The ‘Great’ Pixel Original Quality Photo Storage Controversy of 2019

Was that too dramatic? Did you know of the change in storage options? Let’s go through this in detail, where Google failed, and where the marketing and execution could be done wayyyy better.


  1. Google Photos launched a few years back, and it was superbly well received. They provided excellent features, super reliable backup, super fast and smooth mobile app and desktop apps (they don’t get enough credit for their AMAZING mobile app).
  2. But best of all, Google Photos offered photo and video backups from your phone at two tiers. First is the Original Quality (OQ) tier, where the photos and videos are backed up as-is, no change in file, quality, size, resolution etc., except for enhancements and edits. Second is the High Quality (HQ) tier, which is a space-saving option with some magic trickery that only Google knows. It shaves off huge amounts of storage size, downsizes photos to 16 Megapixel if higher, downsizes videos to 1080p if higher, and uses a different compression algorithm to make photos way smaller while retaining amazing amounts of quality in the media files. Almost all phones were less than 16 MP at that time, it wasn’t a big deal, and 16 MP is a lot. Everyone was also amazed at how much quality is preserved, indistinguishable for most use cases and displays. It really is very good.
  3. Original Quality storage uses up your Google account storage space, which is 15 Gigabytes by default, shared with your Gmail and Google Drive etc. You can purchase more storage using the old Google Drive storage options or the current Google One options.
  4. High Quality storage is given free of charge (so far), making it a great deal. I configure this for any family member that I know who can’t handle their own phones/media. It’s really good enough for almost everyone but serious photographers and tech geeks.
  5. All was peaceful until Google launched Pixel phones. The first Pixel phone (differentiating name Original Pixel or Pixel 1), had a great promotion of Free Original Quality backup, in perpetuity, as long as the media was uploaded from the phone itself. It perhaps celebrated the amazing phone camera and AI, and a brilliant marketing strategy. After all, it was the first Google branded Pixel phone. People loved this. Well not that everyone appreciated it. But it was awesome. Pixel phones were associated with free OQ storage, great cameras. Of course Pixel phone pricings were also up there with premium iPhones, so that helped justify the cost to us.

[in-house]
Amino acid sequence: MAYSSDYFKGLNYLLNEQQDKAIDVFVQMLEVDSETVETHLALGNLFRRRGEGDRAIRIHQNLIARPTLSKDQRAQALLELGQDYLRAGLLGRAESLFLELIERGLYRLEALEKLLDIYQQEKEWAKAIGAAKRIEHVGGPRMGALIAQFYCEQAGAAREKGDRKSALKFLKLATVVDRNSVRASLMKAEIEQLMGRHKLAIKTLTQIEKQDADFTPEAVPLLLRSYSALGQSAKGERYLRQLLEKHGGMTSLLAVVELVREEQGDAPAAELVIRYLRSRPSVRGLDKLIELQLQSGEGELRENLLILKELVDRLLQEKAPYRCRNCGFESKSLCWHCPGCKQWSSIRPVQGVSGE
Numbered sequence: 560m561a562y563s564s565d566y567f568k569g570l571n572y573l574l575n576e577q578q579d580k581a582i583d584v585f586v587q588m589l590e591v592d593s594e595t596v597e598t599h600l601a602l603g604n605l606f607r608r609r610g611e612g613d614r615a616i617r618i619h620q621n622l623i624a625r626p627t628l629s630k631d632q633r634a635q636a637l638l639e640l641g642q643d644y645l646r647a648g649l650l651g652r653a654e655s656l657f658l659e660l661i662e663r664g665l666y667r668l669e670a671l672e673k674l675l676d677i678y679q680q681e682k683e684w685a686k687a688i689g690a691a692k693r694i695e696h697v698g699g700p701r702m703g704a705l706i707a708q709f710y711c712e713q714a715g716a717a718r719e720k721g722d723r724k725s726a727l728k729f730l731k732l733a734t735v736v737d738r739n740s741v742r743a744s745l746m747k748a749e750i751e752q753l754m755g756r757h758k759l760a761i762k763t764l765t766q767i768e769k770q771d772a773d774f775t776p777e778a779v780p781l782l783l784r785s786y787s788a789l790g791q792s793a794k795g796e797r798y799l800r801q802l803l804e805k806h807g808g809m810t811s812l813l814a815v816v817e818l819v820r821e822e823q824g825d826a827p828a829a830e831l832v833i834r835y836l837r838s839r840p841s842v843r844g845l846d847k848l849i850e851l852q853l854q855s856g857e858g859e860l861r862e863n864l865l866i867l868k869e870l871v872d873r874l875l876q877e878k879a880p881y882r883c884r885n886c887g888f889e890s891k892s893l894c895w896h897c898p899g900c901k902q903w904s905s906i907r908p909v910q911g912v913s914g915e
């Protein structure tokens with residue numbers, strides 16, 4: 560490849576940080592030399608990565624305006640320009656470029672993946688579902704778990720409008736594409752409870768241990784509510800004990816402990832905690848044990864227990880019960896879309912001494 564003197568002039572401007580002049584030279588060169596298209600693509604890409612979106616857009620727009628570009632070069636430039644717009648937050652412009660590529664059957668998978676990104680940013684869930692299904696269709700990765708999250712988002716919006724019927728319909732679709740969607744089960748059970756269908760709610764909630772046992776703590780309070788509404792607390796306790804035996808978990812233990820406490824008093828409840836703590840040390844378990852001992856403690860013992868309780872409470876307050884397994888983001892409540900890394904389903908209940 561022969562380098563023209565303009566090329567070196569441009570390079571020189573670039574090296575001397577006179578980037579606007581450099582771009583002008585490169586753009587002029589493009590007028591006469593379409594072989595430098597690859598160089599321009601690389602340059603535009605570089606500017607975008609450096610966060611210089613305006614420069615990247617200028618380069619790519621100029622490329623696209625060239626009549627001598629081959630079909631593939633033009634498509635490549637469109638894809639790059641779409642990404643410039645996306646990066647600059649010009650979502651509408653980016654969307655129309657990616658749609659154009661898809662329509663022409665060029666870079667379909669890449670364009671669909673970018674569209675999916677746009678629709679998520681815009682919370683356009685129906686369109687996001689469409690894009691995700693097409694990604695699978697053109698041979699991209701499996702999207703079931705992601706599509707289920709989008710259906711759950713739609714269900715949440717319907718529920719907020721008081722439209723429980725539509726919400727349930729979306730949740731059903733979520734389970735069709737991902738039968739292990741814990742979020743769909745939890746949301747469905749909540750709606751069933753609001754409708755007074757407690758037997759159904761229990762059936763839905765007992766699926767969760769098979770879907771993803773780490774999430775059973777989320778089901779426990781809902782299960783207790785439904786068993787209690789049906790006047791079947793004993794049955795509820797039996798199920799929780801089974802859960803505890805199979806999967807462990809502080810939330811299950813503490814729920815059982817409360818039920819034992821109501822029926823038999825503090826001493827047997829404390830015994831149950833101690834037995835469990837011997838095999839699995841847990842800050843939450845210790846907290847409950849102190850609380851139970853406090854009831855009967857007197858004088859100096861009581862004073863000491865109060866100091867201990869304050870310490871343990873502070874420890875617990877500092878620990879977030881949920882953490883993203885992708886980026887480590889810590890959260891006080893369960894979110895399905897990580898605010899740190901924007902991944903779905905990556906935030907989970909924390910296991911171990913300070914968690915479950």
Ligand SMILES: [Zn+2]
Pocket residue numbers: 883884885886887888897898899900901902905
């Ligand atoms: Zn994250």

6. For Pixel 2, perhaps Google toned it down, they still offered OQ storage, but only limited to 3 years from launch. Fair enough, you probably won’t use the phone for more than 3 years, and you would switch to a new Pixel phone so you don’t really lose anything too much. Still awesome. Phone is still expensive, but people bought it.
  7. Pixel 3 – same as Pixel 2, 3 years of free storage. It’s becoming a trend, a classic Pixel thing, but it’s fair, no complaints.
  8. Pixel 3a – Google launched a budget level Pixel phone. Much cheaper, simpler hardware specs, but downgraded to High Quality photo storage only. Still very justified as the phone is way cheaper and targeted at those who are less picky. A little annoying that Google kept on marketing it as Free photo storage on the ads, despite this service being given the same as any other free google account and Android phone out there, it was a tad misleading and tsk tsk.
  9. Pixel 4 – woah Google quietly dropped Original Quality storage, kept up the 3a style marketing of ‘free photo storage’, and dared to pass off High Quality storage on Pixel 4 buyers like nothing happened. That was very very very poor marketing strategy and totally picked up by discerning users upon seeing launch marketing materials and reading the fine print. This is a huge deviation from previous imprinted user mindset and associations of full priced Pixel phones with great cameras and photo storage, where you can just take photos and videos and enjoy the camera without worrying about storage (and local device storage is less generous than other cheaper Android flagship phones, and no SD card). Pixel 4 price remained high, they carried on the great-camera branding.

Possible reasons for this: